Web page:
• Rev. Dr. R. John Buuck - installed 1979
  • Rev. Dr. Patrick Ferry - installed 1997 (current president)

Student Media

Concordia University Wisconsin is home to several student publications, including the official student newspaper,The Beacon , which was founded in 1984. Prior to The Beacon's first publication in 1984, papers like The Courier and The Quidditch made up the student news publications. An underground publication at Concordia is The Shadow, which contains humorous fictional stories and is distributed by secret editorial staff, is currently in its third incarnation, following in the foot steps of the original but renamed as The Shadow Reborn.

Prior incarnation of the modern campus - The School Sisters of Notre Dame

The current location of Concordia University Wisconsin was once a campus formerly owned by the Roman Catholic Church, housing a convent as well as Highland Bluff Academy a then-novel Alternative Education Center operated by the School Sisters of Notre Dame from 1969-83.

In the days before the Individuals with Disabilities Act was passed in 1977 and for several years afterward as it was implemented, the Alternative Education Center Day Program operated from 1969 to 1983 on a portion of the 2nd floor directly above the lobby and stairs of what is now the residence halls in the W building.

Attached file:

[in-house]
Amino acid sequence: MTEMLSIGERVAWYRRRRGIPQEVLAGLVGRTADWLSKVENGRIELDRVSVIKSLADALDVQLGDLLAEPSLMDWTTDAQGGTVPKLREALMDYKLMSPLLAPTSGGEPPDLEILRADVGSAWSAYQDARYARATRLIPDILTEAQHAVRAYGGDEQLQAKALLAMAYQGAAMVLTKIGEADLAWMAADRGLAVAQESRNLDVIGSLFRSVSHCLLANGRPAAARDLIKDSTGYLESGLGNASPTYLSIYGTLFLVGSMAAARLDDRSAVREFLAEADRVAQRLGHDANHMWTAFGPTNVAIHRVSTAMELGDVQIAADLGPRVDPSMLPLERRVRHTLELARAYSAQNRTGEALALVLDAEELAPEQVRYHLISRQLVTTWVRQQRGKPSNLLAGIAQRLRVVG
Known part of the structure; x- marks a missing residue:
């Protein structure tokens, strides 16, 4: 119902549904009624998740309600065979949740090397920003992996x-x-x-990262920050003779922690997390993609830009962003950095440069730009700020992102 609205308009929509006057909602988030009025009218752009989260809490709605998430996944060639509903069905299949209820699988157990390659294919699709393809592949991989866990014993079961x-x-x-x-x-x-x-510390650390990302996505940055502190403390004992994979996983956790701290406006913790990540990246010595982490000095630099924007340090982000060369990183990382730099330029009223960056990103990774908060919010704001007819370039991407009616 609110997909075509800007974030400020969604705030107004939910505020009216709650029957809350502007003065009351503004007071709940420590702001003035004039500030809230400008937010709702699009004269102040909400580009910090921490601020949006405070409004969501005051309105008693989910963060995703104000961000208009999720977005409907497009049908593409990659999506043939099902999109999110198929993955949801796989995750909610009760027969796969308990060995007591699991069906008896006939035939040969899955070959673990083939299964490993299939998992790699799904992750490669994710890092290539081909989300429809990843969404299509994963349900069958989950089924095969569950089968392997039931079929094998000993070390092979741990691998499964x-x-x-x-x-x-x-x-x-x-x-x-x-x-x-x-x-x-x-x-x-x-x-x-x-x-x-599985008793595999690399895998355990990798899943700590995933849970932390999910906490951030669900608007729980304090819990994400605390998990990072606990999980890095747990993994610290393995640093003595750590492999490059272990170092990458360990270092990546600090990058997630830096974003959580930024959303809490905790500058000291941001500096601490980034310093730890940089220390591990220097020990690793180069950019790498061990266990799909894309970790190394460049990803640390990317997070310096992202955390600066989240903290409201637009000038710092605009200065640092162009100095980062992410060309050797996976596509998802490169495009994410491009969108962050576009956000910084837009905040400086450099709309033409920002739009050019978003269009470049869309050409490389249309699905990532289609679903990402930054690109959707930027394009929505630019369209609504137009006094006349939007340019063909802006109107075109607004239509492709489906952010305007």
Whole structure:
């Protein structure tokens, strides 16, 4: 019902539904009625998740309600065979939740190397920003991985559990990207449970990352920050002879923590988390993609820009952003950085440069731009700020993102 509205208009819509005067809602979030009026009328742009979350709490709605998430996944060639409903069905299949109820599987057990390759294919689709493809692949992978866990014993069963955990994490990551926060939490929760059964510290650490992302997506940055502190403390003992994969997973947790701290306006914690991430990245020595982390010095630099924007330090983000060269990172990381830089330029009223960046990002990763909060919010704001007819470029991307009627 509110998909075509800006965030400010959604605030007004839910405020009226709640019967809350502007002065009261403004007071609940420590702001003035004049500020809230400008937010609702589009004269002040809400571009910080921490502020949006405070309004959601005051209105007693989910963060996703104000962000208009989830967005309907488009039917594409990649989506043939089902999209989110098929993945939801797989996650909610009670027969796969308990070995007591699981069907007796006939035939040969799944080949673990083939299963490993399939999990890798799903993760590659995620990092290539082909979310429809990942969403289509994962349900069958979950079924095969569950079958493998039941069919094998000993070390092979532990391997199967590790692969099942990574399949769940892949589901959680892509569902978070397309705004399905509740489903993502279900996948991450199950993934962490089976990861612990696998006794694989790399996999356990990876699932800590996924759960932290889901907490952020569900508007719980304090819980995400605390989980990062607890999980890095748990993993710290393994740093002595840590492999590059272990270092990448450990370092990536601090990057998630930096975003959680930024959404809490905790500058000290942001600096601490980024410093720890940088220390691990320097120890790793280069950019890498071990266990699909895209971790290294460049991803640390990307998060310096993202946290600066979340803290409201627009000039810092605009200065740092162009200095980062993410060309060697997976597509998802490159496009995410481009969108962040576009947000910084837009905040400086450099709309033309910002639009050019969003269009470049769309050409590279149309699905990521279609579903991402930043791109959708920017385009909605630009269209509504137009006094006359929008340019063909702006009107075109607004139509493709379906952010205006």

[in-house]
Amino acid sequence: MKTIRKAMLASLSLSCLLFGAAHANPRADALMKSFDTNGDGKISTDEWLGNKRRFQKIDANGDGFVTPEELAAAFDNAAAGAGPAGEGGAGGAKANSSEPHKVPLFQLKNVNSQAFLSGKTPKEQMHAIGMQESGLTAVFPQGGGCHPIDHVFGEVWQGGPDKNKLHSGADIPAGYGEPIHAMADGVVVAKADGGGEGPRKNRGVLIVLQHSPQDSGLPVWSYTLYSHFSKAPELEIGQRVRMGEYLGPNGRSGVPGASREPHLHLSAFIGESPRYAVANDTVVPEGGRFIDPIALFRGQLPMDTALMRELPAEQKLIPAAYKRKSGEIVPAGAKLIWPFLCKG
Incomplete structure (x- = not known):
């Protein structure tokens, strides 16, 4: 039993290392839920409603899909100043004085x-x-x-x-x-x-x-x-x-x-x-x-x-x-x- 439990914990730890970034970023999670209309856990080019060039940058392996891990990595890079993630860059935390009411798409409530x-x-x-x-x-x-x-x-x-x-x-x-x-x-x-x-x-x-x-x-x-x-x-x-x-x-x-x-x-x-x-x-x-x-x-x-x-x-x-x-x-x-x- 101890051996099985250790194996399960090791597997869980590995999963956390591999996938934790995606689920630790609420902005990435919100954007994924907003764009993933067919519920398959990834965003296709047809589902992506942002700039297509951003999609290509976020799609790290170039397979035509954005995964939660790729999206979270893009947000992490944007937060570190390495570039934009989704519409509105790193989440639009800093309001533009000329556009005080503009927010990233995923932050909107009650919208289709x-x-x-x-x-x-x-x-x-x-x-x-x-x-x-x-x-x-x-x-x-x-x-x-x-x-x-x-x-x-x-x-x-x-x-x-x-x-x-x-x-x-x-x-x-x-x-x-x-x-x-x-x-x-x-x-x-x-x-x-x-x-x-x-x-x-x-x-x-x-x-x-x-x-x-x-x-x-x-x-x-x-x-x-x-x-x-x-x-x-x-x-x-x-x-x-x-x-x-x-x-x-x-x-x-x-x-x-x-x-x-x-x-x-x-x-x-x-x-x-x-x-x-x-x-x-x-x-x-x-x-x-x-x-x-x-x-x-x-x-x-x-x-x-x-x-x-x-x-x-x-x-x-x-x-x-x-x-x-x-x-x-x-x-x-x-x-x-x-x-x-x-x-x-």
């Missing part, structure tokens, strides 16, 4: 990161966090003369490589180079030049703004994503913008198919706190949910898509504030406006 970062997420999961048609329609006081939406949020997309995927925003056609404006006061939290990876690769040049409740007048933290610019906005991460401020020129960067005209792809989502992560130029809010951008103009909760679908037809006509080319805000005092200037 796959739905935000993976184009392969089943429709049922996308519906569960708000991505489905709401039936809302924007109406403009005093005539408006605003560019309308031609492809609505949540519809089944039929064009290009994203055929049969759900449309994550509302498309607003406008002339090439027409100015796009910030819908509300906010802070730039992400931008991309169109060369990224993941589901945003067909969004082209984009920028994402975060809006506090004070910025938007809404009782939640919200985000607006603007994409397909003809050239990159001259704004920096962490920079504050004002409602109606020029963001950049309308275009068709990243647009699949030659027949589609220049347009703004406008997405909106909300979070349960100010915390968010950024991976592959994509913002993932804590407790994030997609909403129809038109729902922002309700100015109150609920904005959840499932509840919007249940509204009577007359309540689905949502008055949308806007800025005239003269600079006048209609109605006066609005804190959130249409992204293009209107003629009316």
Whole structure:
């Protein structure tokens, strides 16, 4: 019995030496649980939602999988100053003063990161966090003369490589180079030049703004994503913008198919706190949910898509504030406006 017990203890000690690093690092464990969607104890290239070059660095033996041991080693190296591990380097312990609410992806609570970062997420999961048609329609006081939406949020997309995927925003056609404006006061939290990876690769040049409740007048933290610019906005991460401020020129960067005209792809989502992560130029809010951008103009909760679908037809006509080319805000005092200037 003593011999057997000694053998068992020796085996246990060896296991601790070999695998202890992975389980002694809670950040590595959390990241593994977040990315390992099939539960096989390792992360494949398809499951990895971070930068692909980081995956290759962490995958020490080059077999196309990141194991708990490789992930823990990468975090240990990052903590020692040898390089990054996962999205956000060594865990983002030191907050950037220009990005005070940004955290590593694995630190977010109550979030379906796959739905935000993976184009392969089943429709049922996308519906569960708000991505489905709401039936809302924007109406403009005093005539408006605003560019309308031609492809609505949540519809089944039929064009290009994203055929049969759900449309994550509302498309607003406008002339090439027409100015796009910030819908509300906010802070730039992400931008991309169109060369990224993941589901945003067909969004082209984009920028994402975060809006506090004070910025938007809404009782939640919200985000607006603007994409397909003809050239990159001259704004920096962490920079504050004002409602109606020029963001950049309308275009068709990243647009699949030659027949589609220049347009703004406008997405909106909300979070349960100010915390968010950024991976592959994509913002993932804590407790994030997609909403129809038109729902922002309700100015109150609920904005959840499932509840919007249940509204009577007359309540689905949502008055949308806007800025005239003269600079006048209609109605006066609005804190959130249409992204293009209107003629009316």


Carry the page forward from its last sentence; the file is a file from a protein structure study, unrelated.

Educating a mixed bag of 50 to 75 students from both genders and all types of non-physical disabilities (children with physical disabilities were enrolled in Milwaukee Public Schools' Gaenslen Elementary School located forty miles to the south) ranging from the ages of 6 to 21, the nuns and other lay personnel working therewith had their hands full.

Some students were nonverbal, others were barely verbal, some were verbal to the point of post-doctoral levels, and as such, many would come to be classified later as being on the Autism spectrum or having Asperger's syndrome thirty years before that knowledge was widespread.

Other students' disabilities fell inbetween disability classified areas of the time, such as the hard-of-hearing, learning disabled but not retarded and partially-sighted, and so rather than sequestering these children in basements and attics or sending them off to be cared for custodially in state institutions, these nuns and those working with them decided in 1969 to try and give these students a future.

Staff and program offices occupied much of the first floor, however students were not permitted access down those halls without an escort as much of the construction had yet to be completed.